Tackling gender-based violence in Pakistan | By Shahidullah Shahid


Tackling gender-based violence in Pakistan

SARA Inam’s incident in Islamabad is one of the recent murder cases that came into limelight.

However, thousands of such murders, rapes, mental tortures and economic deprivations are taking place in Islamic Republic of Pakistan without being noticed and registered.

These incidents are not a ‘few’ anecdotes of brutality but a reflection of everyday life for women in Pakistan.

Hence, such inexorable cases tell us something deep in our society that needs to be surfaced, understood and tackled.

The word gender refers to socially constructed roles, behaviours, activities and attributes that a given society deems appropriate for men and women.

Roles are divided based on masculinity and femininity; particular behaviours are expected from men and women accordingly.

These expectations and divisions vary from society to society. This variation tells us an essential fact that gender is socially constructed.

It is not something natural. It is sometimes mixed with sex which is something anatomical, naturally given.

The former can be changed but the latter can’t. Gender based violence refers to the harmful act directed at individuals based on their gender.

It is worth mentioning that violence against women has not been limited to rape and sexual harassment. It is an umbrella term that includes acts which inflict physical, mental and sexual harm.

Moreover, it constitutes violation of women’s rights; the right to life, right to equal protection under the law, right to equality in family, right to highest standard attainable of physical and mental health, and the right of liberty.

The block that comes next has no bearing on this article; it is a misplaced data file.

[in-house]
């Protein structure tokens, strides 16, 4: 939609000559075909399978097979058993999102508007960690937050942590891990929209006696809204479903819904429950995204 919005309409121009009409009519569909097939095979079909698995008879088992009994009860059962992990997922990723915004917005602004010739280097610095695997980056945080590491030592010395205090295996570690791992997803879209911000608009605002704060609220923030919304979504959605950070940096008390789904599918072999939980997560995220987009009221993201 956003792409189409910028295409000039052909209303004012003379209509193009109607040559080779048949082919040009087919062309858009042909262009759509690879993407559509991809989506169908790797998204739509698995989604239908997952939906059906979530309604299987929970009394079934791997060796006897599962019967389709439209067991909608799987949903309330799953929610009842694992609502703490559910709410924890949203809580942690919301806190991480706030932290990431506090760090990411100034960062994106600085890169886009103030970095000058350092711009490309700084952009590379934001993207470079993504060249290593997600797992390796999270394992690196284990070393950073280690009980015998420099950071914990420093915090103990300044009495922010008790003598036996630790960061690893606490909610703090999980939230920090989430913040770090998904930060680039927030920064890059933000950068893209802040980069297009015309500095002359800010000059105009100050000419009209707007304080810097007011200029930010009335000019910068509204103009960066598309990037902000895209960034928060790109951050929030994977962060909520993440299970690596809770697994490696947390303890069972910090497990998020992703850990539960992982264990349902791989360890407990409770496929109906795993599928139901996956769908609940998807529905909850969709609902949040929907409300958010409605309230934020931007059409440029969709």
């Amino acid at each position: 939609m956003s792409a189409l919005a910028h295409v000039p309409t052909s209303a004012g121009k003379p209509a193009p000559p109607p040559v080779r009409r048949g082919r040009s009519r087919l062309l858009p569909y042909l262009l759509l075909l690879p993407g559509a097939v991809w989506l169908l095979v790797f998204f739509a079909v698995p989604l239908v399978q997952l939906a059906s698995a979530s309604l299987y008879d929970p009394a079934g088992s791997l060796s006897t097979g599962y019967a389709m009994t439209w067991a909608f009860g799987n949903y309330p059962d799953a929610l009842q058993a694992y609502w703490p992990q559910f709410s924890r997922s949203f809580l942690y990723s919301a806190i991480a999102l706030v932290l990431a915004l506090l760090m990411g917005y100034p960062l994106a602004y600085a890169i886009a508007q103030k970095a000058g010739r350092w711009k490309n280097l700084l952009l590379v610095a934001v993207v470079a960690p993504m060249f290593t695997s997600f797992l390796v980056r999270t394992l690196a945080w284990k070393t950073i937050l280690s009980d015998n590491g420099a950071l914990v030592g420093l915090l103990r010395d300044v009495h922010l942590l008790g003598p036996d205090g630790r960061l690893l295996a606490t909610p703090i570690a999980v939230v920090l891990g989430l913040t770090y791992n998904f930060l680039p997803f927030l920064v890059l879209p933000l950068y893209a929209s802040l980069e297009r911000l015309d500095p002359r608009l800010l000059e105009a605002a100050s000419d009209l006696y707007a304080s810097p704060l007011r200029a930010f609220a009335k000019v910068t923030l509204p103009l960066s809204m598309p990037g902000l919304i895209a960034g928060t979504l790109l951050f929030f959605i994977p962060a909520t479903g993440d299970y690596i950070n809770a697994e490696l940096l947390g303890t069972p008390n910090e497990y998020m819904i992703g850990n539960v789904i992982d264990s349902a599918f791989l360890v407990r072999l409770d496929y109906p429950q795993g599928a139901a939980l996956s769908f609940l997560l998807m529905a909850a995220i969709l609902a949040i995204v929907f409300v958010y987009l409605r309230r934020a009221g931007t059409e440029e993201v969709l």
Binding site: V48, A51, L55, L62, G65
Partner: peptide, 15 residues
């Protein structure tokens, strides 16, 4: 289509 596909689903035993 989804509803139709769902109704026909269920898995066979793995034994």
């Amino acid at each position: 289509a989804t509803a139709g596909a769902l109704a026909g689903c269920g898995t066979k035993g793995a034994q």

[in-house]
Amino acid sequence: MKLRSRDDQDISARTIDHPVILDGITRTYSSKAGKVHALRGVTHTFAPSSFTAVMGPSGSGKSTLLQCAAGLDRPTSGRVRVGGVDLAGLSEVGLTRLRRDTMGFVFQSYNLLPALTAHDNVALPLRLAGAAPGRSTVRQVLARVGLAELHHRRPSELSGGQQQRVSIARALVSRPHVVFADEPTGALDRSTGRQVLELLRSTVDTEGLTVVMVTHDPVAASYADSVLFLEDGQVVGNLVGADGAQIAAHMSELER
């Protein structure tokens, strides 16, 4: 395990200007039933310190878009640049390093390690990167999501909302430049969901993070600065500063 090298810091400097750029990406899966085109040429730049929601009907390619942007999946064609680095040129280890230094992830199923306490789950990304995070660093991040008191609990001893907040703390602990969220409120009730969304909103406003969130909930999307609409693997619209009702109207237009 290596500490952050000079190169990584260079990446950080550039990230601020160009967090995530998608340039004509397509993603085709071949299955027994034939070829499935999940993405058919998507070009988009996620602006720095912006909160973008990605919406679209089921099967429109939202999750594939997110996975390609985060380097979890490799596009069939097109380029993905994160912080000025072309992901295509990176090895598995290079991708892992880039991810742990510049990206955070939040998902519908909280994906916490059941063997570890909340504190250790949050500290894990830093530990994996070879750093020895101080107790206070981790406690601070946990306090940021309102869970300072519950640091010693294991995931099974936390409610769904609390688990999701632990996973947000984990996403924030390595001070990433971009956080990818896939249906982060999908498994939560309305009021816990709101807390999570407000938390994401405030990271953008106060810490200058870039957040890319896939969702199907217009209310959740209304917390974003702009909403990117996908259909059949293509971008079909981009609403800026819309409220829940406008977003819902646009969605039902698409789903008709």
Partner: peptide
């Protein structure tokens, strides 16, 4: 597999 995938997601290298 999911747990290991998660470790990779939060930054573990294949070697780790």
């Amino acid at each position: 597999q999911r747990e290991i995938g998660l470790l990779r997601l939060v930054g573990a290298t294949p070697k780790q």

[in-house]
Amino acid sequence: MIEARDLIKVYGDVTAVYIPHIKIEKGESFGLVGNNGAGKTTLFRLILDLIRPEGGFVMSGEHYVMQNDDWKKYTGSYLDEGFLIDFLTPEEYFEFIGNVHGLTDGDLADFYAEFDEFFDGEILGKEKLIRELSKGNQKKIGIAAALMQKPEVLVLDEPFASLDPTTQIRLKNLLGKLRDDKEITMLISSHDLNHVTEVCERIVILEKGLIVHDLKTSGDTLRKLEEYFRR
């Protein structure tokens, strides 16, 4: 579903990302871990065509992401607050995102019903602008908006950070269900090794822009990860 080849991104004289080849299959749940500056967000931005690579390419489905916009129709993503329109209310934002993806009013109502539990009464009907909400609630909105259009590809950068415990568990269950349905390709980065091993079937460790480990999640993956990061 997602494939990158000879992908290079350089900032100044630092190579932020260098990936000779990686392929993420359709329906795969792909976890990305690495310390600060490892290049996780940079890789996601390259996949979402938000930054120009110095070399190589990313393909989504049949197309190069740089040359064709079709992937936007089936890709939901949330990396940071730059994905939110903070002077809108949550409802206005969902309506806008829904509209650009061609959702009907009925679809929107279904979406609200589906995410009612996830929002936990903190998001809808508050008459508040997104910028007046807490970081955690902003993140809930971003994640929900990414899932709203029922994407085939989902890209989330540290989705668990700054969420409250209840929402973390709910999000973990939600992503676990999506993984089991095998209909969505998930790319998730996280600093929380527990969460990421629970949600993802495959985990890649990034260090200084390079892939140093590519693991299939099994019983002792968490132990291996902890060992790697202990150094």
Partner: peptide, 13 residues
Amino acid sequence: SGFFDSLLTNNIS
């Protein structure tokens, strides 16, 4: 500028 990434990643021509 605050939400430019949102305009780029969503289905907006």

It, therefore, encompasses physical, sexual, economical and psychological violence. Regrettably, all forms of violence directed against women are due to their gender.

They are not random but premeditated, learned and inflicted. These violations are not visible to those who carry out them.

Time and again women have been subjected to brutality, sexual harassment and economic exploitation.

In 2018, a Thomson Reuters Foundation survey of about 550 experts said: “Pakistan was the sixth most dangerous and fourth worst in terms of economic resources and discrimination for women as well as the risks women face from cultural, religious and traditional practices including so-called honour killings.

” Pakistan also ranked fifth on non-sexual violence including domestic abuse. The above figures may surprise us but these are the tip of icebergs. Let’s shed some light on the issue and its causes. The problem is multidimensional.

The roots are deep. Multiple theorists ascribe multiple factors that lead to violence and legitimize that. Social constructs about women are foremost reason of this agony.

—To be continued.

—The writer is a Budget Officer serving in Finance Department, Government of Khyber Pakhtunkhwa.



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